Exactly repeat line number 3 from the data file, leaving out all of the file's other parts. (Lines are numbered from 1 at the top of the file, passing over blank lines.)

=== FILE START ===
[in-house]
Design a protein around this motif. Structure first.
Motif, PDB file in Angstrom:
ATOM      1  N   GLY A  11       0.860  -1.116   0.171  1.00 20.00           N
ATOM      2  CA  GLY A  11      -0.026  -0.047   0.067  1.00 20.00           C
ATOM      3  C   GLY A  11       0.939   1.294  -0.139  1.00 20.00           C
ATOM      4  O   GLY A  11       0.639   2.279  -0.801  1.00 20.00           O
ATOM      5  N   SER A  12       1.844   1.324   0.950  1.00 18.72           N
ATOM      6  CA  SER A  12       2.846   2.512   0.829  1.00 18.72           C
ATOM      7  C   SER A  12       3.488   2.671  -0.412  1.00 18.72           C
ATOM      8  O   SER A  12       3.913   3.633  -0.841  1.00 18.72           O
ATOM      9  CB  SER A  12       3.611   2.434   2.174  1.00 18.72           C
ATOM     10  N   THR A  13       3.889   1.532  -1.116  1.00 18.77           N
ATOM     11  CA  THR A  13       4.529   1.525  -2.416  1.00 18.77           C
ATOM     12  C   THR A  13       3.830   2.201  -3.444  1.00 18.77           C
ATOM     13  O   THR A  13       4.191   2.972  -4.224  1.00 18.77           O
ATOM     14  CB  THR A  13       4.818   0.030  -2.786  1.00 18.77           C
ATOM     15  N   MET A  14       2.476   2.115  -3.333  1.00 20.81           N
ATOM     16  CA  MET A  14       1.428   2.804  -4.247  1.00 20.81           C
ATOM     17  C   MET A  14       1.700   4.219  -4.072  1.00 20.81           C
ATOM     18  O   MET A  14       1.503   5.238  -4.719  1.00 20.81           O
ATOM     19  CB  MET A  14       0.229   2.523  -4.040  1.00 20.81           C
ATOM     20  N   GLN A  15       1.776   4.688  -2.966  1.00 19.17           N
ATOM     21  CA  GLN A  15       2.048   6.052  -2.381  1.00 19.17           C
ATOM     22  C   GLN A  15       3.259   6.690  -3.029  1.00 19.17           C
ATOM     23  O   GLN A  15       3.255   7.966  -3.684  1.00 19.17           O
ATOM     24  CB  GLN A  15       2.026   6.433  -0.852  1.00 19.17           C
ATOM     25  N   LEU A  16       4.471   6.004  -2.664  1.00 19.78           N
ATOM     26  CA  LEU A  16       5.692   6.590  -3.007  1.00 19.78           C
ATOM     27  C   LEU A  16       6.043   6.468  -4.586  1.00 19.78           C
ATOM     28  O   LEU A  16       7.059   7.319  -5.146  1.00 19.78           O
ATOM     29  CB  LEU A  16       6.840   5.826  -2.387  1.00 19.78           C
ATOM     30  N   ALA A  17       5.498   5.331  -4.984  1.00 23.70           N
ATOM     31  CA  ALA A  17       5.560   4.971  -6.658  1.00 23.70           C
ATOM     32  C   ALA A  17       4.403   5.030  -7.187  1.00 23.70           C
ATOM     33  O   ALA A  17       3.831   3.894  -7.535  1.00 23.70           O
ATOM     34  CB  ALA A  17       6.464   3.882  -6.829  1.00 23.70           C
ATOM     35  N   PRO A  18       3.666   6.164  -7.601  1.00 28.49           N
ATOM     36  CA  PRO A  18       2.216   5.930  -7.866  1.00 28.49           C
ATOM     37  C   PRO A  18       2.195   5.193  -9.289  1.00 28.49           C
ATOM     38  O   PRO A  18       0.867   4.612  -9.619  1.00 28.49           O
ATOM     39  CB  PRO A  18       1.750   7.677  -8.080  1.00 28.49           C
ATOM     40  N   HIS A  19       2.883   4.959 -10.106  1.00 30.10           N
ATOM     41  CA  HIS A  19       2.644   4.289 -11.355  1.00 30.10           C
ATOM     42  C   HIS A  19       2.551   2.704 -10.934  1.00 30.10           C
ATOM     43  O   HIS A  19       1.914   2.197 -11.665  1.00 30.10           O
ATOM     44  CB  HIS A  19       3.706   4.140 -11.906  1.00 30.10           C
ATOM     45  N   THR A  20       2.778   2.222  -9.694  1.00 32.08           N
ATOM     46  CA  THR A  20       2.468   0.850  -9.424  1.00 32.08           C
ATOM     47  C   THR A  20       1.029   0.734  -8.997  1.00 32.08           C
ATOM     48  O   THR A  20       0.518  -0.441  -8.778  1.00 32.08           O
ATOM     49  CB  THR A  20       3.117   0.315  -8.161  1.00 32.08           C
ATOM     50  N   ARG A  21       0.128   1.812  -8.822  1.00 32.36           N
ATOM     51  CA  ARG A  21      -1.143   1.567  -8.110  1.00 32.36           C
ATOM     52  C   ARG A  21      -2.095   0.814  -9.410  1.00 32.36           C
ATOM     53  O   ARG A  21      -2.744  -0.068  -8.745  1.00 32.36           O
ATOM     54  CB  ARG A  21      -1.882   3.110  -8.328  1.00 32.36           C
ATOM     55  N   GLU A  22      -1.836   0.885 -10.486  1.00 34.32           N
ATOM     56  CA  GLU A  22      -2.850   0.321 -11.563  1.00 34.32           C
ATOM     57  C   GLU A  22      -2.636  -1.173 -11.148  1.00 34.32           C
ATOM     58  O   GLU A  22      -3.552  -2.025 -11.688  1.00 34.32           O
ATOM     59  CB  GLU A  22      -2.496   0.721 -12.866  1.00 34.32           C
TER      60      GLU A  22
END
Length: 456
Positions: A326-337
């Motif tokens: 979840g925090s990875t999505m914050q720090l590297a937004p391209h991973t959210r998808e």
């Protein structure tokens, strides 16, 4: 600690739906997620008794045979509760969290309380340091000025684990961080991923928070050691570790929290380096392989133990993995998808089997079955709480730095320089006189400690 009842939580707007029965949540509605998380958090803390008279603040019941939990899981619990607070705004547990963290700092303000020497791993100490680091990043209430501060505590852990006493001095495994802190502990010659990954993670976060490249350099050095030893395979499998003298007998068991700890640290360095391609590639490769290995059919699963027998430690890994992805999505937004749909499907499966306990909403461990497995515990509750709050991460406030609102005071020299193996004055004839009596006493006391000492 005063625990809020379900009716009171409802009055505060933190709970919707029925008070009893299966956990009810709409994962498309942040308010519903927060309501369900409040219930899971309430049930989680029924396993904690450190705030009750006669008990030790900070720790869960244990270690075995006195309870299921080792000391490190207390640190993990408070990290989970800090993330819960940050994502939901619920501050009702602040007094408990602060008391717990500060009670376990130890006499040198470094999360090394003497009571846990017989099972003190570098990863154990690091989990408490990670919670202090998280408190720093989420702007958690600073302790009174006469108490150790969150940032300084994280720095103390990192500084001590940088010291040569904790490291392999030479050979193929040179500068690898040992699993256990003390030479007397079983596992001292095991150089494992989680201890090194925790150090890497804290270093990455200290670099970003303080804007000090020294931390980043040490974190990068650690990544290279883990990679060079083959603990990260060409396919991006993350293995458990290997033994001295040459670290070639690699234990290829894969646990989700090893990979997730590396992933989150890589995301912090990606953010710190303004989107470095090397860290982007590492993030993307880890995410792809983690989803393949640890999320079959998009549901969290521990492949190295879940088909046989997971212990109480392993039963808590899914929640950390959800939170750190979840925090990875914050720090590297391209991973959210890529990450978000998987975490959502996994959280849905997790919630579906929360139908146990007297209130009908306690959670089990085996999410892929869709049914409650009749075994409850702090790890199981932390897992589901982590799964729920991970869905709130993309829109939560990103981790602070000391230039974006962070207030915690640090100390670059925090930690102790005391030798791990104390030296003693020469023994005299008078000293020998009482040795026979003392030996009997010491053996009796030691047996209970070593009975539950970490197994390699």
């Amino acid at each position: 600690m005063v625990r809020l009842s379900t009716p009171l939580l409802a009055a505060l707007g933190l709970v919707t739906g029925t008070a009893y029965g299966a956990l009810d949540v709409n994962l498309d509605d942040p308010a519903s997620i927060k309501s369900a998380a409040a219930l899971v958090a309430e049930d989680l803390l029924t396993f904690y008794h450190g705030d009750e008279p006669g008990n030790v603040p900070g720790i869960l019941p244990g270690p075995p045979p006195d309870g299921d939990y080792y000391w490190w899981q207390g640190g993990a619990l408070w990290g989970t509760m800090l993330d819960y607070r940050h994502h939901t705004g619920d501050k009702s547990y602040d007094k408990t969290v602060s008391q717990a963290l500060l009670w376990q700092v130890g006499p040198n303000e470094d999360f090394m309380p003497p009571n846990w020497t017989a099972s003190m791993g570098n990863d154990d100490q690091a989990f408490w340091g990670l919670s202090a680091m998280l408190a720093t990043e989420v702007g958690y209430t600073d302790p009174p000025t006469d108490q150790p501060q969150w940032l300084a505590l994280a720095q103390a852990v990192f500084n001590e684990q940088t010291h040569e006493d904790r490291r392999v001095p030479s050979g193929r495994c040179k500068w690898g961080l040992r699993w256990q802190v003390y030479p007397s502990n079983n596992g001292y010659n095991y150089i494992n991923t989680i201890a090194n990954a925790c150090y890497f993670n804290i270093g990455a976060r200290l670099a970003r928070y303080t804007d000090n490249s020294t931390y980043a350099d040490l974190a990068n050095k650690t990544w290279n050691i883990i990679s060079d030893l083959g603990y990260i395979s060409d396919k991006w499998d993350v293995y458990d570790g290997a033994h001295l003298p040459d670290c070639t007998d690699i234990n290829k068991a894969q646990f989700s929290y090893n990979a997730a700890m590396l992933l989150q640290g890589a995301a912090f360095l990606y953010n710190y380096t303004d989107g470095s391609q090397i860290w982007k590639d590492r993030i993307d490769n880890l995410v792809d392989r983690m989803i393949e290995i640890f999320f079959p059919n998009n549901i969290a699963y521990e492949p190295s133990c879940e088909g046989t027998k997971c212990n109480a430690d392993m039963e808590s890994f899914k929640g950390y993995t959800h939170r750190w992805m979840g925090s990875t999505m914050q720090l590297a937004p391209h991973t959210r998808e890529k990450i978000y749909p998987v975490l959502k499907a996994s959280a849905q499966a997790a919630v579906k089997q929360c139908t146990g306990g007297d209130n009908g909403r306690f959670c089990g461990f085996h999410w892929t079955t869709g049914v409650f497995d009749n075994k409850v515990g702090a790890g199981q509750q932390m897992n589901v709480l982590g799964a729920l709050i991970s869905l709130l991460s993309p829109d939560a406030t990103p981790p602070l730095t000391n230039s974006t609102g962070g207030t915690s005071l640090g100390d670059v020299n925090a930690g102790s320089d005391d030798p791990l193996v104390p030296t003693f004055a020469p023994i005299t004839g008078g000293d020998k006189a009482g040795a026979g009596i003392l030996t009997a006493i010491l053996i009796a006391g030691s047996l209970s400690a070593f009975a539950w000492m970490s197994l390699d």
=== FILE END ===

Motif, PDB file in Angstrom: